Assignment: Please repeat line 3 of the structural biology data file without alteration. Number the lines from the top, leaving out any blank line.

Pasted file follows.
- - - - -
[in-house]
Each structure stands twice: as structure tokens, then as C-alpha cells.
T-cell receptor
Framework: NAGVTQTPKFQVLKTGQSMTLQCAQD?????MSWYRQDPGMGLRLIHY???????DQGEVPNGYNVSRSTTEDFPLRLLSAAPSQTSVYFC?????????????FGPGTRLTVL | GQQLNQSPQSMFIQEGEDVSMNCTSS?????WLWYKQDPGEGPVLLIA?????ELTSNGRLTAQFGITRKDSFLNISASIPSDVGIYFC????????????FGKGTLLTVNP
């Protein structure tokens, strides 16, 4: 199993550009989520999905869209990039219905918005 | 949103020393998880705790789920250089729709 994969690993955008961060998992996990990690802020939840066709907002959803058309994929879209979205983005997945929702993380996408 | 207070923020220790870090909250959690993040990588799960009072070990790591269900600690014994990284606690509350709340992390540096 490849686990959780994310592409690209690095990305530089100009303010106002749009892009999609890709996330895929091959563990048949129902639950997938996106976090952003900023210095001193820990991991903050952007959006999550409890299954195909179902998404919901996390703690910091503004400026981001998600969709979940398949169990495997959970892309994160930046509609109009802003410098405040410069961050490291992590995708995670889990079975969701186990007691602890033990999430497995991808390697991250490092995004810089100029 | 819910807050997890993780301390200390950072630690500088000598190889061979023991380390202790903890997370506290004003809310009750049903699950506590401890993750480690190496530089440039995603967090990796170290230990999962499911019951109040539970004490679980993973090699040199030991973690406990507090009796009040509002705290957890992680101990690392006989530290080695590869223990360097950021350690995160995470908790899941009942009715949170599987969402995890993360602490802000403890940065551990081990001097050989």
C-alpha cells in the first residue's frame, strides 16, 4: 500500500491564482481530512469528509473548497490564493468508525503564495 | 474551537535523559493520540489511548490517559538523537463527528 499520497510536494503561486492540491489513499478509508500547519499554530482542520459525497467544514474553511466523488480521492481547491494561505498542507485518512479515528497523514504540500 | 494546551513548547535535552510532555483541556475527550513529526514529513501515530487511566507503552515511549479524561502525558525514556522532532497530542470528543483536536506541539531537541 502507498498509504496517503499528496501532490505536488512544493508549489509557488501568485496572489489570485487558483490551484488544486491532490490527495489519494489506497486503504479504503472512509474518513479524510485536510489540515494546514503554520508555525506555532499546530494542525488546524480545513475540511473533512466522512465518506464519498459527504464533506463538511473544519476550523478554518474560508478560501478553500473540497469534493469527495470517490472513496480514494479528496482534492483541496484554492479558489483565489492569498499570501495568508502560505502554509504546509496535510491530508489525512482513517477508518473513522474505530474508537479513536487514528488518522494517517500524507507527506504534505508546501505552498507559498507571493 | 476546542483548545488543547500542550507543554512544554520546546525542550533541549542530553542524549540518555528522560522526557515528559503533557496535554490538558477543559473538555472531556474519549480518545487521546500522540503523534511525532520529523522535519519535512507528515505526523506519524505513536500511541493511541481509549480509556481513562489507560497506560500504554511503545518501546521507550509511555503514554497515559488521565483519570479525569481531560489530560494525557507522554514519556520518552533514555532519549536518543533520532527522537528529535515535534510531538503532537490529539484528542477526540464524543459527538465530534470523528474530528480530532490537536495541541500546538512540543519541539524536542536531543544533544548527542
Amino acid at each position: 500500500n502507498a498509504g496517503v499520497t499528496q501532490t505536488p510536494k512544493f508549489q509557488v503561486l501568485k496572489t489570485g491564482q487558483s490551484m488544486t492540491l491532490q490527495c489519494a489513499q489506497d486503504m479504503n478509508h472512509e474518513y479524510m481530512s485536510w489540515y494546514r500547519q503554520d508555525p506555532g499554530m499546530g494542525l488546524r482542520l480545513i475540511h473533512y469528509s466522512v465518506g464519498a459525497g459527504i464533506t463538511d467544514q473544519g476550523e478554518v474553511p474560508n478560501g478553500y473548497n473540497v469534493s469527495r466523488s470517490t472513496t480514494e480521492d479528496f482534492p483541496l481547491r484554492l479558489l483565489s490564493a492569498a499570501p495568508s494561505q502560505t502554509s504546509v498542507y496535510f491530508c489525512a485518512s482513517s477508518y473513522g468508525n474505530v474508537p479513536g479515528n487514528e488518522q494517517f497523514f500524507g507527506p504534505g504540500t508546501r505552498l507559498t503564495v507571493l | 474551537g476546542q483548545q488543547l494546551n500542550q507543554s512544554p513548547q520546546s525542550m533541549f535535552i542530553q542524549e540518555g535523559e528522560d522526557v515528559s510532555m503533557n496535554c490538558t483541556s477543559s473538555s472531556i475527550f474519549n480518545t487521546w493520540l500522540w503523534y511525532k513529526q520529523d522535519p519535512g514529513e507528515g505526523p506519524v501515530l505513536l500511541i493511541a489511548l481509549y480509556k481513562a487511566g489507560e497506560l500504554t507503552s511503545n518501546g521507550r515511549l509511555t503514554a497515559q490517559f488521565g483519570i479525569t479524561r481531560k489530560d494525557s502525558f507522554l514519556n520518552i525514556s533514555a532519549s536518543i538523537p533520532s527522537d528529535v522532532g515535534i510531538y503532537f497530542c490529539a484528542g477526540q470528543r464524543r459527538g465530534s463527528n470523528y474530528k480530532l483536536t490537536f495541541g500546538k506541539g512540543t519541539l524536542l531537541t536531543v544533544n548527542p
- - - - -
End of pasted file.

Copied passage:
T-cell receptor